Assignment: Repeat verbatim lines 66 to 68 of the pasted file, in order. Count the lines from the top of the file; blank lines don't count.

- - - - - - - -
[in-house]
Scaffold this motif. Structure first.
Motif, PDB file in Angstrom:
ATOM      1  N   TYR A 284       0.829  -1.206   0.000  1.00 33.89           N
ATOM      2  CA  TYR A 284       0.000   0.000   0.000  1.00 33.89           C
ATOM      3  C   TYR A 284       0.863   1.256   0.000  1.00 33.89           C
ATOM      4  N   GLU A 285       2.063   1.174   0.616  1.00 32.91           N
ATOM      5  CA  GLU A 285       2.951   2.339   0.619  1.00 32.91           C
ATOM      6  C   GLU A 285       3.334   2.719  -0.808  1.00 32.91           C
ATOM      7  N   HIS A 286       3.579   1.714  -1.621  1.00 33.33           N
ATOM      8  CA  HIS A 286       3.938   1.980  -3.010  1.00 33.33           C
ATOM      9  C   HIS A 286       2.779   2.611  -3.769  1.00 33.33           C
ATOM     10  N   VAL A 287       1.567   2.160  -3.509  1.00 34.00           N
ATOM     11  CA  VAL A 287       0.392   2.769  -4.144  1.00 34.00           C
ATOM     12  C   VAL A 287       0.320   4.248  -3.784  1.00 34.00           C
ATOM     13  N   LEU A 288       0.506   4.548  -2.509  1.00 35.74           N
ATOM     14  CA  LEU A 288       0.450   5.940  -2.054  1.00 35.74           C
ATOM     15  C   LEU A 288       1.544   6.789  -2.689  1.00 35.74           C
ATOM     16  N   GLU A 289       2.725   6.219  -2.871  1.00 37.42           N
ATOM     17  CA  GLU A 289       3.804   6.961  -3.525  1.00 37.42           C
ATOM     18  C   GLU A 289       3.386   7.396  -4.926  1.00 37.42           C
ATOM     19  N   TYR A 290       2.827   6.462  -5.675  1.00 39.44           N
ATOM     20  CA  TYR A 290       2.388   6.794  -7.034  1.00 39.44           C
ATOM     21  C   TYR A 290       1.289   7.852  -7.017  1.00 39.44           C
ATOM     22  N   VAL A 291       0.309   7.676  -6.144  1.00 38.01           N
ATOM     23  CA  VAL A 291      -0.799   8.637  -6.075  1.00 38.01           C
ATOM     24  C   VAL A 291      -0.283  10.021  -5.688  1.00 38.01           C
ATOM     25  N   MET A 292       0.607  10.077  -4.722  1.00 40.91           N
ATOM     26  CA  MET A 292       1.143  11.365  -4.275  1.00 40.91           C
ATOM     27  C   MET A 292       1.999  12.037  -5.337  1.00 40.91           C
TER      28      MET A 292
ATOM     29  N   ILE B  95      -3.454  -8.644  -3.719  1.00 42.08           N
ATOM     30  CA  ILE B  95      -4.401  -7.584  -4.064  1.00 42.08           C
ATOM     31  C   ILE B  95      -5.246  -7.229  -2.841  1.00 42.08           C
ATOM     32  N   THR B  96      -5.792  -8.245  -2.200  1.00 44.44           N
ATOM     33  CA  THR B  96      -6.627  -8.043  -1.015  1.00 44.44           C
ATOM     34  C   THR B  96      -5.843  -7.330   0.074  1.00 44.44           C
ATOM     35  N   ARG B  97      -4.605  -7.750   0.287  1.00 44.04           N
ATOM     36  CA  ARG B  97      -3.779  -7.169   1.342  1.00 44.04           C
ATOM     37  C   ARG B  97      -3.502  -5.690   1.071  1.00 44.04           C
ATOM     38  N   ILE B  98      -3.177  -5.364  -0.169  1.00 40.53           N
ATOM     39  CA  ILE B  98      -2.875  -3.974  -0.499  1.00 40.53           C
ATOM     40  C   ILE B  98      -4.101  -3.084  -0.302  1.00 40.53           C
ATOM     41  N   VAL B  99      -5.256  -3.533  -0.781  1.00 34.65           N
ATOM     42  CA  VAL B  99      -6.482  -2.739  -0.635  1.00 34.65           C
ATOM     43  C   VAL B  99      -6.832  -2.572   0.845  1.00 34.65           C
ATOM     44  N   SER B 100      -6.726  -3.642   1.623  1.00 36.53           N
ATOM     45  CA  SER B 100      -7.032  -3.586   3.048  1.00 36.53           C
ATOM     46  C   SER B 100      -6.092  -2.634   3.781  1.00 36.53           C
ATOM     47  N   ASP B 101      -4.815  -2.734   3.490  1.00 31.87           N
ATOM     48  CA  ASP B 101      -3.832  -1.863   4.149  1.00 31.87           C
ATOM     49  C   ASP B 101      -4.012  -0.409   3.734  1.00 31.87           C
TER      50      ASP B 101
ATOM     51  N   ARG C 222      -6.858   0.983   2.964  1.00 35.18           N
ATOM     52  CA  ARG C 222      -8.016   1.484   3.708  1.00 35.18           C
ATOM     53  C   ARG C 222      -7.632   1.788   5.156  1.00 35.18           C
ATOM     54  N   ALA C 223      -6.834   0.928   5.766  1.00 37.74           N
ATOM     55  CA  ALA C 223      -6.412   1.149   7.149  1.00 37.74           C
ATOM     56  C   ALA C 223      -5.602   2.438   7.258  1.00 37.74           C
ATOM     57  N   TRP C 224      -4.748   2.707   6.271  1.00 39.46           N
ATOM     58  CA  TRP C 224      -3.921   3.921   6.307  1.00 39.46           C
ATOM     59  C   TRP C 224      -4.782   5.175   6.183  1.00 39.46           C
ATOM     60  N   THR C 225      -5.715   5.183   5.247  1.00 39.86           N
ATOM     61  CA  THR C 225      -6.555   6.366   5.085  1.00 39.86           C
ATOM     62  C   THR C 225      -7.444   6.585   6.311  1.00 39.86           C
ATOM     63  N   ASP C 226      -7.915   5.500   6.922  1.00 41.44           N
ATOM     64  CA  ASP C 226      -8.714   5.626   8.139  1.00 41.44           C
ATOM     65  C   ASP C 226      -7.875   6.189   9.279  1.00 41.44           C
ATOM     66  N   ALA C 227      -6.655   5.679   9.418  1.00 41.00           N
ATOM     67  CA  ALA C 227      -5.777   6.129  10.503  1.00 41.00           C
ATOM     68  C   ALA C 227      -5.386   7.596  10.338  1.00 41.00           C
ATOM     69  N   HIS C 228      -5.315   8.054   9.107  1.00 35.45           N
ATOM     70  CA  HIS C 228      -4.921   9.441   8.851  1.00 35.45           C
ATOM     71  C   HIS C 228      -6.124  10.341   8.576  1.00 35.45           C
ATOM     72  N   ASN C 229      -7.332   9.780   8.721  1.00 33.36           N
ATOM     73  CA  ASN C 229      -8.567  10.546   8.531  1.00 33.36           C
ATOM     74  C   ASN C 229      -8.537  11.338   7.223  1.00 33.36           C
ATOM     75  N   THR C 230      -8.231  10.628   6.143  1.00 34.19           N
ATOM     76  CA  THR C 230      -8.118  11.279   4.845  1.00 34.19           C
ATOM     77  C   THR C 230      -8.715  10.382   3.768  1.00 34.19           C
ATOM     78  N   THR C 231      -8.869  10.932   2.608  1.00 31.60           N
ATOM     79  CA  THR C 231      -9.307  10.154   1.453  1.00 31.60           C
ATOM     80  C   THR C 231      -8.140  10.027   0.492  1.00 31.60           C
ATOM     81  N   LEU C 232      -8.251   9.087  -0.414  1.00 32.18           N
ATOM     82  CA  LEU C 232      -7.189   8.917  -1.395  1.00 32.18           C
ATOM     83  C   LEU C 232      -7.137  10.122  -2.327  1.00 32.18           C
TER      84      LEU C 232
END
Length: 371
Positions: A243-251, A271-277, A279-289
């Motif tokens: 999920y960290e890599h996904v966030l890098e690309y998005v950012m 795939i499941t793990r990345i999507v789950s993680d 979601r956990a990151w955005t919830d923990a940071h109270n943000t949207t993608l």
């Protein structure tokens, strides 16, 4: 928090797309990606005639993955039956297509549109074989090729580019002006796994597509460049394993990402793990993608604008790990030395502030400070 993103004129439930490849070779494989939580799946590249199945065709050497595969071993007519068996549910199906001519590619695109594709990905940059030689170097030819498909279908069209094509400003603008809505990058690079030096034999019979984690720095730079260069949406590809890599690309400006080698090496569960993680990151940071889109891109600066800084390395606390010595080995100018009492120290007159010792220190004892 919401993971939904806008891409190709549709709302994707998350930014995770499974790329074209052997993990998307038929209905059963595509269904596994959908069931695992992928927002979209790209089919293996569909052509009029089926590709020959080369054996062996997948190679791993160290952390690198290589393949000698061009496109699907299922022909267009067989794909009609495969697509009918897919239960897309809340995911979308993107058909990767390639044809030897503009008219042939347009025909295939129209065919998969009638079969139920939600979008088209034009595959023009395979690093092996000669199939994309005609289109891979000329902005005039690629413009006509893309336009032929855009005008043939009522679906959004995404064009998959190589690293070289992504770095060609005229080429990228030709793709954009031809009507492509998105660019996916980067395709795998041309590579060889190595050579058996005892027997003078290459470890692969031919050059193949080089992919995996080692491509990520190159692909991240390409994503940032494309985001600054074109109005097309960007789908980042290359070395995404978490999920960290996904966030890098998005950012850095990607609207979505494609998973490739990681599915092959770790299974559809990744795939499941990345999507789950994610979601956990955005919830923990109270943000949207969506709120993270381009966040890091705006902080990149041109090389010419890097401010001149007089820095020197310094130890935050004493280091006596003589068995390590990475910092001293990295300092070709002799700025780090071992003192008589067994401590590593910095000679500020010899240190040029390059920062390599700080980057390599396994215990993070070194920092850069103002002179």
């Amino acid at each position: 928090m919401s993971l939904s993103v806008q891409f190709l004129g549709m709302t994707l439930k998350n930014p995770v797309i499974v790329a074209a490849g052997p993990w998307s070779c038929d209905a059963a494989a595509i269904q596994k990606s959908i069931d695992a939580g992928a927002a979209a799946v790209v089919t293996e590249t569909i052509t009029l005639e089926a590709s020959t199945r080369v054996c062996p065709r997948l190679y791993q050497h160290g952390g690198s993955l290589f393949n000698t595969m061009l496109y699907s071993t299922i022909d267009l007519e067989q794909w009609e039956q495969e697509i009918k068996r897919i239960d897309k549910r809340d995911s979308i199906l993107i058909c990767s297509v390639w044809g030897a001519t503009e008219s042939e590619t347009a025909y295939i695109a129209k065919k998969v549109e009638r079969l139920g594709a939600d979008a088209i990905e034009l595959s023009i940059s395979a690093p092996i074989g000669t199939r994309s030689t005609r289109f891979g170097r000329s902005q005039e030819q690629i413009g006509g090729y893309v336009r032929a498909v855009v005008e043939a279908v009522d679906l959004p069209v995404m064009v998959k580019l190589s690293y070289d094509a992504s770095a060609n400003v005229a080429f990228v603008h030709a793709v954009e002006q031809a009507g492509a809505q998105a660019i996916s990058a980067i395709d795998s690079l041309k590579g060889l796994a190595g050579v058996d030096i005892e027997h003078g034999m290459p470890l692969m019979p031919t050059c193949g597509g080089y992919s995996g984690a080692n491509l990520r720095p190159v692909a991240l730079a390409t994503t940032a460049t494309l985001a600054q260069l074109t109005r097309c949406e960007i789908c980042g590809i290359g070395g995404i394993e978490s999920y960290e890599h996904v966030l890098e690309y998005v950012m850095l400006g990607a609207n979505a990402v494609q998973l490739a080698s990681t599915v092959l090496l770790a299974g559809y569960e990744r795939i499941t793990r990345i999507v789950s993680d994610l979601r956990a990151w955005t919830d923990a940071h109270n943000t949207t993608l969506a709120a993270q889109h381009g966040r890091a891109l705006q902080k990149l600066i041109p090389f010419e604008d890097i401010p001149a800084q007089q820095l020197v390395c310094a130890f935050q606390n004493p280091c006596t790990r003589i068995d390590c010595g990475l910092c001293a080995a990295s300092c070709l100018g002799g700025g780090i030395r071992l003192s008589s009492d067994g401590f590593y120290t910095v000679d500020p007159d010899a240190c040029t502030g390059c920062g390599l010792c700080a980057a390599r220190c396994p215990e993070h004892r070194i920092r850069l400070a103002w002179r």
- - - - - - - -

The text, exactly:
ATOM     63  N   ASP C 226      -7.915   5.500   6.922  1.00 41.44           N
ATOM     64  CA  ASP C 226      -8.714   5.626   8.139  1.00 41.44           C
ATOM     65  C   ASP C 226      -7.875   6.189   9.279  1.00 41.44           C